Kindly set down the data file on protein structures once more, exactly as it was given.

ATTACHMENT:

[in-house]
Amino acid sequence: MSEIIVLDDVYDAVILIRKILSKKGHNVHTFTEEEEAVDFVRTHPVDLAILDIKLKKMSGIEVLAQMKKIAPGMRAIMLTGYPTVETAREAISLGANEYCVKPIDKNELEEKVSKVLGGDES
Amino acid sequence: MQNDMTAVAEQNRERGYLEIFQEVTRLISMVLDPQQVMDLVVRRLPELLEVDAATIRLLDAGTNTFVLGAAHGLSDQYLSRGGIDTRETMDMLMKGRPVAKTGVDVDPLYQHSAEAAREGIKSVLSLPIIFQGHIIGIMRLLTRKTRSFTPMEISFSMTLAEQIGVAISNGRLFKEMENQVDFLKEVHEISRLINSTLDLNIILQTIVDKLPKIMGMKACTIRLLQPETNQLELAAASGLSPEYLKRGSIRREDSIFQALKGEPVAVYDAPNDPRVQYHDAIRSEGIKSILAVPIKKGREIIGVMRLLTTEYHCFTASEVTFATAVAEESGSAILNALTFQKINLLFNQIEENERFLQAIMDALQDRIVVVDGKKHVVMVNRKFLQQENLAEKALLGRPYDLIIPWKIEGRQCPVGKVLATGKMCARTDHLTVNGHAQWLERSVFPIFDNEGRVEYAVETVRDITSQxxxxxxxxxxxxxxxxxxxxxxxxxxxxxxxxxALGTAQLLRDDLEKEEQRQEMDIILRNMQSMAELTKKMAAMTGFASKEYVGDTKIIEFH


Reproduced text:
[in-house]
Amino acid sequence: MSEIIVLDDVYDAVILIRKILSKKGHNVHTFTEEEEAVDFVRTHPVDLAILDIKLKKMSGIEVLAQMKKIAPGMRAIMLTGYPTVETAREAISLGANEYCVKPIDKNELEEKVSKVLGGDES
Amino acid sequence: MQNDMTAVAEQNRERGYLEIFQEVTRLISMVLDPQQVMDLVVRRLPELLEVDAATIRLLDAGTNTFVLGAAHGLSDQYLSRGGIDTRETMDMLMKGRPVAKTGVDVDPLYQHSAEAAREGIKSVLSLPIIFQGHIIGIMRLLTRKTRSFTPMEISFSMTLAEQIGVAISNGRLFKEMENQVDFLKEVHEISRLINSTLDLNIILQTIVDKLPKIMGMKACTIRLLQPETNQLELAAASGLSPEYLKRGSIRREDSIFQALKGEPVAVYDAPNDPRVQYHDAIRSEGIKSILAVPIKKGREIIGVMRLLTTEYHCFTASEVTFATAVAEESGSAILNALTFQKINLLFNQIEENERFLQAIMDALQDRIVVVDGKKHVVMVNRKFLQQENLAEKALLGRPYDLIIPWKIEGRQCPVGKVLATGKMCARTDHLTVNGHAQWLERSVFPIFDNEGRVEYAVETVRDITSQxxxxxxxxxxxxxxxxxxxxxxxxxxxxxxxxxALGTAQLLRDDLEKEEQRQEMDIILRNMQSMAELTKKMAAMTGFASKEYVGDTKIIEFH